I agree with Bruni to an extent. My meals at the BLT restaurant brood have generally been very good (with a few odd lapses), but you always feel you’re getting something less than Tourondel’s best effort. With his large restaurant family now numbering fifteen, he cannot be spending much time at any one of them.

Nevertheless, you’ll pass a happy time at Tourondel’s latest New York restaurant, BLT Market, though you won’t get out cheaply. On a recent visit, Amish Chicken ($30) was among the less expensive entrées. Rock shrimp risotto ($36) and a pork chop ($38) were both wonderful, but no one would call them bargains at a restaurant this informal. Cocktails at the bar (technically part of the hotel, not the restaurant) were staggering: $16 for a Whisky Sour, $17 for a Negroni.

The menu has been expanded to include separately-orderable side dishes that it lacked before—always a sure way to plump up the bill (though we didn’t bite). At all the BLT restaurants, the menus are printed on thin, cheap paper with a half-life that couldn’t be more than a day or so. So why are the specials printed on a separate sheet of paper, of which we were given only one copy? Surely a restaurant so expensive could get this right.

We were on our way to a show, so I was pleased to find that they got us out in an hour without rushing. The amuse-bouche was the same pigs-in-a-blanket as before, but more enjoyable this time. The garlic bread is still superb.

BLT Market  (1430 Sixth Avenue at Central Park South, in the Ritz-Carlton Hotel, West Midtown)

Food: **
Service: *½
Ambiance: *½
Overall: **


BLT Market

BLT Market postcard, based on art work displayed in the restaurant

Note: Click here for more recent visits to BLT Market.

You would have every reason to be a little cynical about the opening of yet another “Bistro Laurent Tourondel” restaurant. In a matter of three years, Tourondel has launched almost a dozen of them, the majority being clones of the very first one, BLT Steak. To date, the best of the brood has been BLT Fish, which earned three stars from Frank Bruni, as well as a Michelin star, which it promptly lost.

Main Menu

Now comes BLT Market, which occupies the former Atelier space in the Ritz-Carlton Hotel at the corner of Sixth Avenue and Central Park South. To Tourondel’s credit, this is his first restaurant in quite a while that isn’t a mindless clone of a previous endeavour. The idea of a restaurant focused on seasonal ingredients is hardly original, but Tourondel’s version of it could become one of the better ones.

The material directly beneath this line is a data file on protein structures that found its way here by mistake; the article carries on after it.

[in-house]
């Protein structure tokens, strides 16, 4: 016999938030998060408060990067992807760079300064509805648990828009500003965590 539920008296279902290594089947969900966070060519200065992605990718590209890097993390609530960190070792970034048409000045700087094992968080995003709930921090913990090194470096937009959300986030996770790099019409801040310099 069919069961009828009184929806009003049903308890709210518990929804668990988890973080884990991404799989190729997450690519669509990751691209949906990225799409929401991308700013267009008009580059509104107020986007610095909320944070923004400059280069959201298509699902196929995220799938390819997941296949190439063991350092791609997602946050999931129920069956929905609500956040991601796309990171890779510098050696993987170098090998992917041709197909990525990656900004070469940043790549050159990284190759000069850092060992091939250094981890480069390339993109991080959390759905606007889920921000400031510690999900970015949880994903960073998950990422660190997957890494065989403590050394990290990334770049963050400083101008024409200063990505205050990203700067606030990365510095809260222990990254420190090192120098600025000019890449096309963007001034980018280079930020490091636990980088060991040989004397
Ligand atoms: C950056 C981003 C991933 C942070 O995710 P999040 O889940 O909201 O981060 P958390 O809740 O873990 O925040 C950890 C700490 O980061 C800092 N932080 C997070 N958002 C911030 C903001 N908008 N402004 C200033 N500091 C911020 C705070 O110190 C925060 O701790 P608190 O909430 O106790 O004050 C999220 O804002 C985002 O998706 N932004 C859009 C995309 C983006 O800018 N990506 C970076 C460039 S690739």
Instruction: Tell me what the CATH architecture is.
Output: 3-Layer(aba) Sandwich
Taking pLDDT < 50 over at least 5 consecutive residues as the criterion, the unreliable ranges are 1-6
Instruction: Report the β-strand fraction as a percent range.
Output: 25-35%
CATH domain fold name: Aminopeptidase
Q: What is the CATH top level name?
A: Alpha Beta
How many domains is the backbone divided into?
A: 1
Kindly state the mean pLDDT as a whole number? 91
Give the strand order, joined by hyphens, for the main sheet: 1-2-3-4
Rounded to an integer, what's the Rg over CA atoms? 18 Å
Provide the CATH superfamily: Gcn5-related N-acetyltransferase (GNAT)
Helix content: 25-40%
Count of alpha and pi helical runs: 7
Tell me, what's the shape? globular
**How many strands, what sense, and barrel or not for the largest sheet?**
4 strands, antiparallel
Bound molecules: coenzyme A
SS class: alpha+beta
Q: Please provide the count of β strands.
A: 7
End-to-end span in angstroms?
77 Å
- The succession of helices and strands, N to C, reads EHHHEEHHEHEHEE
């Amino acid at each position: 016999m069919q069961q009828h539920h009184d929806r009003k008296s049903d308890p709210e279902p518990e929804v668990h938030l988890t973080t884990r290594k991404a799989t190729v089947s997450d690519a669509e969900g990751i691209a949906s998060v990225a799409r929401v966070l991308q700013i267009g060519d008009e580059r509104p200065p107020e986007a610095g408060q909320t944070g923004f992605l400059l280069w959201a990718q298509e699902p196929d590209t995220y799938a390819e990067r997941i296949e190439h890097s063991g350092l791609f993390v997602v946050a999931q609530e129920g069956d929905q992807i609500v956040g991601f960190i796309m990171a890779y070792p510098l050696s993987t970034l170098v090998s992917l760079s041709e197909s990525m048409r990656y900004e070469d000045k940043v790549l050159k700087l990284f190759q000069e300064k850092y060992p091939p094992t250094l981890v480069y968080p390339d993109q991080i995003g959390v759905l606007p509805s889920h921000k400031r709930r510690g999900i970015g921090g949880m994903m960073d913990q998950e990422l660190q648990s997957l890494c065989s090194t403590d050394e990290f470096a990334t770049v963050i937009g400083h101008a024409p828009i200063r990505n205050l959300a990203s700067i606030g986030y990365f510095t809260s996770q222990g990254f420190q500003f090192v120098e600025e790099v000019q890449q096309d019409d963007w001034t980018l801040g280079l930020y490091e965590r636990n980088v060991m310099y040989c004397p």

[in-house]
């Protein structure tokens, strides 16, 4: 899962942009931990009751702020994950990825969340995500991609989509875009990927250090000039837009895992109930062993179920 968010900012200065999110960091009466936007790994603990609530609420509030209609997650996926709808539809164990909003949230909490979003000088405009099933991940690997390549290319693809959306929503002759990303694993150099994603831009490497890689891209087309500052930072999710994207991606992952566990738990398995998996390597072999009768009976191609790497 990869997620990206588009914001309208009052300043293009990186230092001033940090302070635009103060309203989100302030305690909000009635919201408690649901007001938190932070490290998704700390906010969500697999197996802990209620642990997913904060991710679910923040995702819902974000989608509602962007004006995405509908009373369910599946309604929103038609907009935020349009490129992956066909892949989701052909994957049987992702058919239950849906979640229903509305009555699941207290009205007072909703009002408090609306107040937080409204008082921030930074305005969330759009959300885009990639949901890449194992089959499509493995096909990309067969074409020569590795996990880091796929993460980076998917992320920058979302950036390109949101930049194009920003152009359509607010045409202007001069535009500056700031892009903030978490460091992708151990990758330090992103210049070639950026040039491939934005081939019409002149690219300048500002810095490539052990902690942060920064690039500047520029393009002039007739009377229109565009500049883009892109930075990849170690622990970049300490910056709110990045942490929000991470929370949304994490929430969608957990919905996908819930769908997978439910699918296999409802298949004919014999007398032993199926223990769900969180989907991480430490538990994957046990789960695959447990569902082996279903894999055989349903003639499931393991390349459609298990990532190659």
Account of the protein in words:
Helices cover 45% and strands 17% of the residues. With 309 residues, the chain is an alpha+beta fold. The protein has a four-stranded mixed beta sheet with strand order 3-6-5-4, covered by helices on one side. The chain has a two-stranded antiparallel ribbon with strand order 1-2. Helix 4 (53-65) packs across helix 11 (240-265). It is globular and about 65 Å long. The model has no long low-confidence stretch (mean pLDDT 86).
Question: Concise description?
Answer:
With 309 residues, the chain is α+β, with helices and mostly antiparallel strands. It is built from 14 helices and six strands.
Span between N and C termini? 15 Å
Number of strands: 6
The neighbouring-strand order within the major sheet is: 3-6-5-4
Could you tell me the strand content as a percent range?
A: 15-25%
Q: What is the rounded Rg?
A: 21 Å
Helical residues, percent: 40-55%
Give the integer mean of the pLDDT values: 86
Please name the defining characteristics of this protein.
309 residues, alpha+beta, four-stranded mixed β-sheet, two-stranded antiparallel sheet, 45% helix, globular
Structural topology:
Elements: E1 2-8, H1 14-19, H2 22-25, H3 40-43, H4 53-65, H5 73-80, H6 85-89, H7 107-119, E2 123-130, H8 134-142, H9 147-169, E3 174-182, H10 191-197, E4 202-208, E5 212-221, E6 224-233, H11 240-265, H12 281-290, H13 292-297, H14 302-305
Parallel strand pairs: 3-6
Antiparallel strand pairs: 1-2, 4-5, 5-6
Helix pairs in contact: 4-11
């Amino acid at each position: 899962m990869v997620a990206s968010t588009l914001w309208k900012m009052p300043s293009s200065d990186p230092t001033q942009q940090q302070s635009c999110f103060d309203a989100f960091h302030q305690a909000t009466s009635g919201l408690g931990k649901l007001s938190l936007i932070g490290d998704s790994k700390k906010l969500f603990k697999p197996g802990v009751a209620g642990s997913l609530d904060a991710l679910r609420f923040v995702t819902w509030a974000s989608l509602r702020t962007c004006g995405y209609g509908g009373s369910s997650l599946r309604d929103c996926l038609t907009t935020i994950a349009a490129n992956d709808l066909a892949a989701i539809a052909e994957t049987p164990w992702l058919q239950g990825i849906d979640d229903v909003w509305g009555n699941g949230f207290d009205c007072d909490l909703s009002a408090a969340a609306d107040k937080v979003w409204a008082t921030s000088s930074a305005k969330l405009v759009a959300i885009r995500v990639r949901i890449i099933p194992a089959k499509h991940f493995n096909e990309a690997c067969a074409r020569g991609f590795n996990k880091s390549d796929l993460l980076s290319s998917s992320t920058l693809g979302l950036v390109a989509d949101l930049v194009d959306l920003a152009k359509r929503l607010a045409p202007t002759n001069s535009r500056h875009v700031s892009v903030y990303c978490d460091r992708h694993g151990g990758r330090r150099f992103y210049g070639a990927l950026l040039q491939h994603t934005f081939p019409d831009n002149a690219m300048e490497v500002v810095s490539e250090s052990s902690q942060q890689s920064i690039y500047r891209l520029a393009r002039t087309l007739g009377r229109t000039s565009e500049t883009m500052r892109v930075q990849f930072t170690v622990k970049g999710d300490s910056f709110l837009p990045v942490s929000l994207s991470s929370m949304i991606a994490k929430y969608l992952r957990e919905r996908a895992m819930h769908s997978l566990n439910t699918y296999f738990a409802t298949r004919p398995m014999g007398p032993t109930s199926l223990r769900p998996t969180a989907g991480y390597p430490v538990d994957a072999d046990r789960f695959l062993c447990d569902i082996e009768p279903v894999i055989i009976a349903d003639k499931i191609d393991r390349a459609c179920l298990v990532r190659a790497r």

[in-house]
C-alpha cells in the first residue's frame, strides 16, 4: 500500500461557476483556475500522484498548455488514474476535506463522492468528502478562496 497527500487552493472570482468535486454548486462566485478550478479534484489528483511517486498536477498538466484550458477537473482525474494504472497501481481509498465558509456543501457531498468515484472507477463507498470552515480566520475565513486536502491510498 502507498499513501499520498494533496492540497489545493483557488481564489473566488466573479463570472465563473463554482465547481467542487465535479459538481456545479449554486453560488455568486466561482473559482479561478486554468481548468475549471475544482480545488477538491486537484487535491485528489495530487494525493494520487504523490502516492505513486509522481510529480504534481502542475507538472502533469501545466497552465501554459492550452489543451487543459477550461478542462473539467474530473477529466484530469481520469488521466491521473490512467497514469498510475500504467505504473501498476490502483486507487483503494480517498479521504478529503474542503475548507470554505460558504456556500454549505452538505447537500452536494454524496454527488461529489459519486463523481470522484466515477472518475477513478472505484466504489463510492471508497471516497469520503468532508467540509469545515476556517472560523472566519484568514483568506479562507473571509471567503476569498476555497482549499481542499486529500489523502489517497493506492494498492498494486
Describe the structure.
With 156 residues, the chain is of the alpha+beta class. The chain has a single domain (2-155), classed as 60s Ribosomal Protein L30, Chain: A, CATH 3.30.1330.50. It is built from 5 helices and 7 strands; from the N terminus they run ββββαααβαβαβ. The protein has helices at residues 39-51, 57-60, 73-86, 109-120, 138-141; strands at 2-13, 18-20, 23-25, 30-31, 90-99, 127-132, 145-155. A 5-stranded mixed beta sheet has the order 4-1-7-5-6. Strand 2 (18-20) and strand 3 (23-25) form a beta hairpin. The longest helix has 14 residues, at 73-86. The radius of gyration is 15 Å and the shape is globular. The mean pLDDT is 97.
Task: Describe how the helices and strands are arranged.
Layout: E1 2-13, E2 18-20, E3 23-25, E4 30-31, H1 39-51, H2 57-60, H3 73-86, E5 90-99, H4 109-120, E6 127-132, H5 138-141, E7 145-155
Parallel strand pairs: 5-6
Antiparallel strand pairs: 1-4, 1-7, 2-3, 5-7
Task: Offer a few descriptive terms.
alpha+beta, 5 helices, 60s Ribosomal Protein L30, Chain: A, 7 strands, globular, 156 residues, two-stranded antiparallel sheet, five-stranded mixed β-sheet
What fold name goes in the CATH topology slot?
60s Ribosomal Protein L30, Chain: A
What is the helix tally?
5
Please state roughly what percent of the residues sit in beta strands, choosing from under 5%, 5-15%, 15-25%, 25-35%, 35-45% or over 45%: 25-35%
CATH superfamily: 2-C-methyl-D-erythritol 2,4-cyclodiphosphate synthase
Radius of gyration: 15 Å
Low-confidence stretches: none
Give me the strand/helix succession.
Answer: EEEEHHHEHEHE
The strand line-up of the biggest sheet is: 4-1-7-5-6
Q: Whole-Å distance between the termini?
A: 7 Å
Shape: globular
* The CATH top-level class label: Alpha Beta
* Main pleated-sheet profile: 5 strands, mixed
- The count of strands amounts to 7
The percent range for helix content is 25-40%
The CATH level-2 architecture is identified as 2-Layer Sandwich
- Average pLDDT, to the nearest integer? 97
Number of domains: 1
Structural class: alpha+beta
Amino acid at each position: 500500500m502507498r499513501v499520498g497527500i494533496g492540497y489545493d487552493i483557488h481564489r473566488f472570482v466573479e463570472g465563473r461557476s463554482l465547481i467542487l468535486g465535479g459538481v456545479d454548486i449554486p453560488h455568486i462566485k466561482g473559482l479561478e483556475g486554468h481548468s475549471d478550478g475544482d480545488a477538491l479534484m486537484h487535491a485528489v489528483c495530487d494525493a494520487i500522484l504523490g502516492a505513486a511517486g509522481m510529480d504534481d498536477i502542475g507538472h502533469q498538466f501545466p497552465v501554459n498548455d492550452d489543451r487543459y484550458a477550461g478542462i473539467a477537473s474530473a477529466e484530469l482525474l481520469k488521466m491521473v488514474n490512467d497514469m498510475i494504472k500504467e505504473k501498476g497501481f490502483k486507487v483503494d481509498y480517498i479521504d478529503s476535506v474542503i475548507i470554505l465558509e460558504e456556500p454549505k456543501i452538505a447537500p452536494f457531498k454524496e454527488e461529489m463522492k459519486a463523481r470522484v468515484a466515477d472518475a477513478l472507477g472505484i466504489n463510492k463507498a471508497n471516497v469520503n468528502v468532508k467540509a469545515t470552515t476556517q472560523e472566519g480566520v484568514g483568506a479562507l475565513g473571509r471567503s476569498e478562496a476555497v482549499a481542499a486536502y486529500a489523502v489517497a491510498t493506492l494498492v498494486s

I walked in on impulse at around 6:30 p.m. on a weeknight. The dining room was booked, but I got an outdoor table immediately with a nice view of Central Park. Typical of a BLT restaurant, the server presented me with several loose sheets of paper: a menu, a specials menu, and a wine list supplement. (I didn’t ask to see the full wine list, but they have one.)

I ordered a cocktail called the Apricot–Mint Caiproska ($14). Like other cocktails I’ve had at BLT restaurants, it was too small, and almost all ice. I felt like I had paid about $1 per sip. I wasn’t shown the full wine list, but the paper supplement showed ten selections by the glass and bottles from a variety of regions. It included eight choices from New York state, something you do not normally see. With bottles priced mostly above $60, there were few bargains to be had.

Specials Menu

The menu is focused and not unduly long. There are seven appetizers ($12–25), one soup ($12), two pastas ($14–24 as appetizers; $23–38 as entrées), six entrées ($26–43), six desserts ($10–11), and a cheese course ($14). A sidebar lists all of the vegetables and fish that are in season. The specials menu added an additional appetizer, two entrées, and one dessert. While the prices are obviously expensive, they are all-inclusive, unlike the other BLT restaurants, where the side dishes cost extra, and drive up the bill considerably.

I wasn’t that hungry, so I ordered two appetizers. Grilled Octopus ($18) came with a fresh cranberry  bean salad and bergamot dressing. The octopus was nicely charred, and thick enough to have the consistency of a steak, but it upstaged the accompanying salad, which was dull. Raw and Confit Big Eye Tuna ($18) came with a tonnato sauce, garnished with avocado and fresh heart of palm. This was a lovely dish, attractively plated. The raw tuna was especially good, but the confit version seemed not as flavorful.

The amuse-bouche was a riff on “pigs in a blanket”—a small slice of frankfurter wrapped in a pastry shell with a mustard and relish dressing. It was a cute idea, but a bit messy to eat, and the hot dog didn’t seem fresh. The bread service was spectacular: a long hot garlic bread, served in a paper bag. Say what you want about Tourondel, but the breads in his restaurants are great.

The space is a bit more elegant than the other BLT restaurants, but with many informal touches. Tables are bare wood, with cloth napkins but paper placemats. Servers wear striped aprons, but the captains wear suits. The artwork, which I understand Tourondel selected himself, consists of large pastel paintings showing fruits and vegetables, such as the tomato still life shown at the top of this post.

Service was friendly, but slow, with a rather long gap between my first and second appetizer. The amuse and bread courses left my placemat festooned with crumbs, but they didn’t replace it until after the meal was over. I wasn’t smitten with BLT Market, but the restaurant shows promise. With the menu still technically in previews, I assume there will be refinements, and some of the service glitches will be smoothed out.

BLT Market (1430 Sixth Avenue at Central Park South, West Midtown)

Food: **
Service: *
Ambiance: **
Overall: **